Bowling Green, KY – Two years ago, on February 12th, 2014, many people across the globe woke up to some startling news – a sinkhole had opened up inside the National Corvette Museum in Bowling Green, Kentucky, and eight Corvettes were laying at the bottom of it.
Fortunately, the cars and building were the only things damaged as it occurred in the early morning hours before anyone was in the Museum. The story captivated those who watched it, and while the Museum initially planned to put the past behind them, the interest in the sinkhole and damaged Corvettes was undeniable.“Probably two days after the sinkhole happened, after we realized it could be fixed and once we saw more and more visitors starting to trickle in from the interstate, we shifted our attitude. We embraced the situation,” said Katie Frassinelli, Marketing and Communications Manager for the Museum. “Honestly, it paid off big for us. Our attendance had leveled out around 150,000 in 2013, but in 2014 it skyrocketed to our highest number ever – over 250,000 visitors. Even last year we had 220,000 visitors… which if you remove our Corvette caravan event attendance from 2014 (a once-every-five-years blowout event), then 2015 was actually higher.”
There were mixed opinions as to whether the Museum should keep the infamous sinkhole as an attraction, but in the end it just was not feasible to do so.
“Once we determined the sinkhole was not going to stay, we started talking about creating some kind of exhibit to tell our story. This was not only a part of our history, but also Corvette history. After meeting with several exhibit design companies we hired Creative Arts Unlimited out of Pinellas Park, FL to bring our sinkhole saga to life,” said Frassinelli.
“We’re story tellers,” said Roger Barganier, President of Creative Arts Unlimited. “When we first started working on the exhibit, I didn’t understand what happened. So we got all the information and created an exhibit so the average visitor will understand what happened. And we added some geology, geography, science, and there is some STEM in it for school groups, plus lots of interactives,” Roger added.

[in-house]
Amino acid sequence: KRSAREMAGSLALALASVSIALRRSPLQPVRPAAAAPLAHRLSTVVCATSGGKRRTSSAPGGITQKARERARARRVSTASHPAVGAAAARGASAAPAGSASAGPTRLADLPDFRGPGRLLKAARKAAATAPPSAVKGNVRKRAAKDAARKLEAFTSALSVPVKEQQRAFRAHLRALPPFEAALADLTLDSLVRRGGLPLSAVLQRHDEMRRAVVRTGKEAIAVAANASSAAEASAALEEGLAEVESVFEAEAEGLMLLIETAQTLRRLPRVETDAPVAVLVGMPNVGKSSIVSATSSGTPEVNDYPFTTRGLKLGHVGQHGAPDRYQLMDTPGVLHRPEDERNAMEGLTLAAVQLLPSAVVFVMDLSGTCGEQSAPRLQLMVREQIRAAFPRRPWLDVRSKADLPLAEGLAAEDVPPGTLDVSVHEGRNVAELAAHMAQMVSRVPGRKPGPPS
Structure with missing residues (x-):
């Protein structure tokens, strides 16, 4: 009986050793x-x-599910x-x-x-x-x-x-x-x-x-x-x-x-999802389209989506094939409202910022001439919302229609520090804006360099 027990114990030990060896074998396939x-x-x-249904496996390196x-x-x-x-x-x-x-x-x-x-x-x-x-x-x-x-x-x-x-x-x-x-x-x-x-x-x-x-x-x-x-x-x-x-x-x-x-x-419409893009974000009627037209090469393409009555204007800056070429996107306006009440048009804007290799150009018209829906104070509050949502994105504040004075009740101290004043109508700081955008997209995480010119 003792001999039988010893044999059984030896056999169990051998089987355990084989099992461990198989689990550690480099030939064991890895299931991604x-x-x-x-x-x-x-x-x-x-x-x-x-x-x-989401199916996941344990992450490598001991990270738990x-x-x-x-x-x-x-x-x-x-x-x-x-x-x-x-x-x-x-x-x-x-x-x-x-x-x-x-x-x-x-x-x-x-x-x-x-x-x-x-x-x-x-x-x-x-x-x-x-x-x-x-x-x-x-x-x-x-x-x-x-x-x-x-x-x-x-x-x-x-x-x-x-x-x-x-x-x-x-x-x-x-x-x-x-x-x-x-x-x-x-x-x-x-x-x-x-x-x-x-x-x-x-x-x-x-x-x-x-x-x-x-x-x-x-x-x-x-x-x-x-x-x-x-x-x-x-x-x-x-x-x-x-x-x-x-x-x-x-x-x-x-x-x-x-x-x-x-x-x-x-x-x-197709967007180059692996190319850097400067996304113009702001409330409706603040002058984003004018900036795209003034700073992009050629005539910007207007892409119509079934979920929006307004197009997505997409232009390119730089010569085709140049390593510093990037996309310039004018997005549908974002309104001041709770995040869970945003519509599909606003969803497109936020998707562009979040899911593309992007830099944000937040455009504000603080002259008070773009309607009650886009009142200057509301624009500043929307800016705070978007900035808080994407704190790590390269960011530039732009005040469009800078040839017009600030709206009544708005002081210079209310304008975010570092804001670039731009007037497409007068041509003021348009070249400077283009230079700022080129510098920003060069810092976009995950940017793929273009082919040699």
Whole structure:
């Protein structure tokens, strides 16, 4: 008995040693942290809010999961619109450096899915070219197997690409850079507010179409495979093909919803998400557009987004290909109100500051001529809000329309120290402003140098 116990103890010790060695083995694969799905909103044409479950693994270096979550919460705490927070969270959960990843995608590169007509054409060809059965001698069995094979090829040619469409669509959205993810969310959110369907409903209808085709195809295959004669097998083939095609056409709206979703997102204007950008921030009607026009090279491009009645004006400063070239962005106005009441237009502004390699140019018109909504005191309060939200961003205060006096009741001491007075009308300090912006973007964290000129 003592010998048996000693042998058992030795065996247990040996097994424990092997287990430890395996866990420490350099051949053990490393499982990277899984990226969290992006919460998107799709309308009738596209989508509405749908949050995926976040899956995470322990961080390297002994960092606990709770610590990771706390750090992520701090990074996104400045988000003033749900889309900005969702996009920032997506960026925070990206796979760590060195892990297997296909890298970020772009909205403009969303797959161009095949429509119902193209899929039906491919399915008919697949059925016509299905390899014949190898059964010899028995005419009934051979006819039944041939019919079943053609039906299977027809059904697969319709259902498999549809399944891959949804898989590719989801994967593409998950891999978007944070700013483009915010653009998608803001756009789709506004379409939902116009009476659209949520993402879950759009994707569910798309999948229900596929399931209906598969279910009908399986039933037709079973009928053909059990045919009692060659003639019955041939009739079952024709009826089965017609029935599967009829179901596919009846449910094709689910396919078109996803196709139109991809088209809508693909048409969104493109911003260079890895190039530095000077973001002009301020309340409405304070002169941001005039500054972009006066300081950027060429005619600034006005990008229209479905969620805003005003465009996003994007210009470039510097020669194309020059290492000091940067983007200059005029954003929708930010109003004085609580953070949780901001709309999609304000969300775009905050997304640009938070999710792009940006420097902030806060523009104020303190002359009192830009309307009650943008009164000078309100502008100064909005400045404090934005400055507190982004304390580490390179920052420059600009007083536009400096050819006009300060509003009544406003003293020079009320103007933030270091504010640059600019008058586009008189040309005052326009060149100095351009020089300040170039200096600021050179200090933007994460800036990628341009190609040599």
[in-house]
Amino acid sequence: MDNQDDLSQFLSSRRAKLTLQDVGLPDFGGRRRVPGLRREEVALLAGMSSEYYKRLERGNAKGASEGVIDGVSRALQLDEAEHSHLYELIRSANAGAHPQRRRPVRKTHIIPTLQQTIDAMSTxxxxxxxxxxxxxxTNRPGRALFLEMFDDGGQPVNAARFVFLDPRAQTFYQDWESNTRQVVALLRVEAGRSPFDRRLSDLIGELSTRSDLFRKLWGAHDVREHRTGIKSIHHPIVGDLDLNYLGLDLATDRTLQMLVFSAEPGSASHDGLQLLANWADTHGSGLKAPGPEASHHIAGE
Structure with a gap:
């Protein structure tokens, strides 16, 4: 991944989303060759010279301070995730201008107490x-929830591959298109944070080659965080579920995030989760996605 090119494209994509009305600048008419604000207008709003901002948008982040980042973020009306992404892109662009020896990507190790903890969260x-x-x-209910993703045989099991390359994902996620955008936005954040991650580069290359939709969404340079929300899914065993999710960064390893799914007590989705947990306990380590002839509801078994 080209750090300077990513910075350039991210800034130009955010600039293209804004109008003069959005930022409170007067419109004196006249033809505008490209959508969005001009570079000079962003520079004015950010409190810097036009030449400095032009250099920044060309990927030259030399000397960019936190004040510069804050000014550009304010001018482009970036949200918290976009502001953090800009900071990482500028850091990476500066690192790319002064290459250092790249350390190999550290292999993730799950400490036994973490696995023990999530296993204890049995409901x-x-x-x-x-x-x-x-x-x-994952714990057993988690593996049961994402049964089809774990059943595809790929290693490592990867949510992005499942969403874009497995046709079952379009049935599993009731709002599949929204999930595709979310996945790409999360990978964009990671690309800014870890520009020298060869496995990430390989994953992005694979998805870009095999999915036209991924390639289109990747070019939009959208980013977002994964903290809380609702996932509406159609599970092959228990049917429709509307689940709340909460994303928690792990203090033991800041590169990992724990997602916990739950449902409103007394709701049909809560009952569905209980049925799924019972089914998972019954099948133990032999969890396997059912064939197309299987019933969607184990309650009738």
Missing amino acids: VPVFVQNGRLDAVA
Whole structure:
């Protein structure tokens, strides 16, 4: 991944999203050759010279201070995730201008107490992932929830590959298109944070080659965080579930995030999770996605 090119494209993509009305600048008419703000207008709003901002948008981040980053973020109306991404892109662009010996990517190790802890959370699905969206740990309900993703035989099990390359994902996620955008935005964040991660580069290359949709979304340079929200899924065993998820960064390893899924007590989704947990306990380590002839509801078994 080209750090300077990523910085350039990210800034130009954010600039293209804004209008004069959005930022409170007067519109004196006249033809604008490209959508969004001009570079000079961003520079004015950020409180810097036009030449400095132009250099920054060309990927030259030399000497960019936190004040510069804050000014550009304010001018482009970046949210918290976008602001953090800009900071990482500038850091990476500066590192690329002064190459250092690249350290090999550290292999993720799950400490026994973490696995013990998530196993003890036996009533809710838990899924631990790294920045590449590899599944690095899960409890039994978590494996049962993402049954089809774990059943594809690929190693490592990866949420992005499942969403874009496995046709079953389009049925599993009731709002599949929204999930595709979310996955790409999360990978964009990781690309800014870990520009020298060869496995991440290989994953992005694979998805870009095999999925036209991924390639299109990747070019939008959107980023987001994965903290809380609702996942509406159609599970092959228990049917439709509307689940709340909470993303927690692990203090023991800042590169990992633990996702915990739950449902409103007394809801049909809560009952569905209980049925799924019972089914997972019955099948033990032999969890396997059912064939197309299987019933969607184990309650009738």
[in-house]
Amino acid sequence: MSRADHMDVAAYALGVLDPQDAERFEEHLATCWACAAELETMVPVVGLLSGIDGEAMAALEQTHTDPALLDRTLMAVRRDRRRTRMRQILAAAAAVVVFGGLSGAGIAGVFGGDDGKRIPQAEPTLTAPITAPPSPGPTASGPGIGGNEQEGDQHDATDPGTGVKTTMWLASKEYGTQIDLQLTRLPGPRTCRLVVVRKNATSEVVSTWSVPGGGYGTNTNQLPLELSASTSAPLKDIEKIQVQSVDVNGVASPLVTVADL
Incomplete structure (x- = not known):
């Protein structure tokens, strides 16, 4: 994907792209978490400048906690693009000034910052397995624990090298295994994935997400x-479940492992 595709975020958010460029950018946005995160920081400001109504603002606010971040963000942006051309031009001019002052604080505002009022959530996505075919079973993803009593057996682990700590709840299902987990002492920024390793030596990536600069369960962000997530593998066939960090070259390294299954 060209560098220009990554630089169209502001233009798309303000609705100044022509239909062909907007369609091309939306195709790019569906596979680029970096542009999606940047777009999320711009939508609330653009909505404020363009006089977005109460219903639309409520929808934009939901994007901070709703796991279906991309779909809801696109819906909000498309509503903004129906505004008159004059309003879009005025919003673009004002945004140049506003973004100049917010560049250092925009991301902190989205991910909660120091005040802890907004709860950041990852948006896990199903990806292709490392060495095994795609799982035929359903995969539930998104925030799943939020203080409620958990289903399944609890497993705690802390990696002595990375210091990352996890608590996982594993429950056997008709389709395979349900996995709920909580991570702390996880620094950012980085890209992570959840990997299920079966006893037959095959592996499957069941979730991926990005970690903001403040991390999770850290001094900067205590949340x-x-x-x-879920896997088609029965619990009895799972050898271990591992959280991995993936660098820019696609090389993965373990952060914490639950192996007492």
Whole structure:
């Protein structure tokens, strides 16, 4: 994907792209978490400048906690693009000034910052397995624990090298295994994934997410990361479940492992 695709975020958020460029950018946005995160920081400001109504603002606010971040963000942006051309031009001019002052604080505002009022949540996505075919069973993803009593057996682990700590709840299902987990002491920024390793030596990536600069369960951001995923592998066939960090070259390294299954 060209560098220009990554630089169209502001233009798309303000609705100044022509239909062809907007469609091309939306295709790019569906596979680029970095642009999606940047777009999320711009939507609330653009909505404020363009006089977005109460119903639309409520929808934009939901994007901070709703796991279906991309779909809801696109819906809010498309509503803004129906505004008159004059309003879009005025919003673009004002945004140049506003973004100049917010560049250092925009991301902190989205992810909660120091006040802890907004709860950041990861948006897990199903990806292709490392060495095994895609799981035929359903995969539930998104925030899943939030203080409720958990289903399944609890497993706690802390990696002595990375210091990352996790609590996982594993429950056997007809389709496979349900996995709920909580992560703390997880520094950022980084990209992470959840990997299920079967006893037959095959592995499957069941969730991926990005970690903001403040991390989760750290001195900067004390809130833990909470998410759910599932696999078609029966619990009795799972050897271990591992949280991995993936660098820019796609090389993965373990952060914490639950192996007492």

The exhibit is divided into sections including The Day, Media Coverage, Pop Culture, Cars Affected, The Recovery, Karst Landscapes, What It Took to Fix the Sinkhole and The Grand Finale combining photos, videos, informational text and interactives to create an experience that is enjoyable for all ages.
“We were able to put some of the parts from the sinkhole Corvettes back into our cave, and we now have a web cam that allows visitors to actually search in the cave for the car parts,” said Frassinelli. “I think my personal favorite is the Corvette crane game which allows you to remove boulders, debris and Corvettes from the sinkhole. The designers even put the cars exactly how they were in the sinkhole. Of course, the game is a lot easier than it was in real life!”
A line on the floor outlines where the sinkhole was, while a second line marks where the cave still lies. A 48” manhole allows visitors to peer into a glass window to see the floor of the sinkhole, over 30 feet down. The passageway then slopes down into the cave.
“Looking back two years ago, I don’t think any of us could have imagined that today we would be somewhat commemorating the sinkhole,” said Frassinelli. “I guess you could say this is the final slice of lemon on top of our glass of lemonade. We’re excited our story has come full circle and we now have a fun, interactive exhibit to tell it for years to come.”
The exhibit is open to the public and is included with regular museum admission – $10.00 for adults, $5.00 for kids age 6-16, $8.00 for seniors age 62+ and free for children age 5 and under. The Museum is located at I-65 exit 28 in Bowling Green, Kentucky. Learn more about the exhibit and Museum online.